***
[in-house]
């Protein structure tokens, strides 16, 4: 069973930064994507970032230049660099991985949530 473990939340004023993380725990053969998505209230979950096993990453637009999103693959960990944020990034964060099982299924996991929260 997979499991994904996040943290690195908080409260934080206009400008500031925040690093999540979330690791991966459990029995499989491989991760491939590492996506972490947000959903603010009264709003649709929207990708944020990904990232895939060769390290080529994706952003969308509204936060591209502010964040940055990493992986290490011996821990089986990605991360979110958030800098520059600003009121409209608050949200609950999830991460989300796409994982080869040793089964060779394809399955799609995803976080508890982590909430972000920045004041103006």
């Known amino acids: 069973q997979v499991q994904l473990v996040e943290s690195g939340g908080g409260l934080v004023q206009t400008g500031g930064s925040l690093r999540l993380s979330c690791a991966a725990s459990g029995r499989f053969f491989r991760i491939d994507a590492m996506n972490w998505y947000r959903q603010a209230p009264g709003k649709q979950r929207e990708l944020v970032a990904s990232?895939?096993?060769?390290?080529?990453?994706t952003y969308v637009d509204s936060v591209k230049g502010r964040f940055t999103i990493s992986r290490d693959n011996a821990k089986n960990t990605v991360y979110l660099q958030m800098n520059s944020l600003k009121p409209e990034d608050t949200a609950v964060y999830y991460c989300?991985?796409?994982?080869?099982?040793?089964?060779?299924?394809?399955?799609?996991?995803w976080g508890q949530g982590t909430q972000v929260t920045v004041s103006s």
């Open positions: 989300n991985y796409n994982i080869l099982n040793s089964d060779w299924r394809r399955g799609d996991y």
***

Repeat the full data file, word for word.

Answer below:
[in-house]
């Protein structure tokens, strides 16, 4: 069973930064994507970032230049660099991985949530 473990939340004023993380725990053969998505209230979950096993990453637009999103693959960990944020990034964060099982299924996991929260 997979499991994904996040943290690195908080409260934080206009400008500031925040690093999540979330690791991966459990029995499989491989991760491939590492996506972490947000959903603010009264709003649709929207990708944020990904990232895939060769390290080529994706952003969308509204936060591209502010964040940055990493992986290490011996821990089986990605991360979110958030800098520059600003009121409209608050949200609950999830991460989300796409994982080869040793089964060779394809399955799609995803976080508890982590909430972000920045004041103006």
């Known amino acids: 069973q997979v499991q994904l473990v996040e943290s690195g939340g908080g409260l934080v004023q206009t400008g500031g930064s925040l690093r999540l993380s979330c690791a991966a725990s459990g029995r499989f053969f491989r991760i491939d994507a590492m996506n972490w998505y947000r959903q603010a209230p009264g709003k649709q979950r929207e990708l944020v970032a990904s990232?895939?096993?060769?390290?080529?990453?994706t952003y969308v637009d509204s936060v591209k230049g502010r964040f940055t999103i990493s992986r290490d693959n011996a821990k089986n960990t990605v991360y979110l660099q958030m800098n520059s944020l600003k009121p409209e990034d608050t949200a609950v964060y999830y991460c989300?991985?796409?994982?080869?099982?040793?089964?060779?299924?394809?399955?799609?996991?995803w976080g508890q949530g982590t909430q972000v929260t920045v004041s103006s």
């Open positions: 989300n991985y796409n994982i080869l099982n040793s089964d060779w299924r394809r399955g799609d996991y």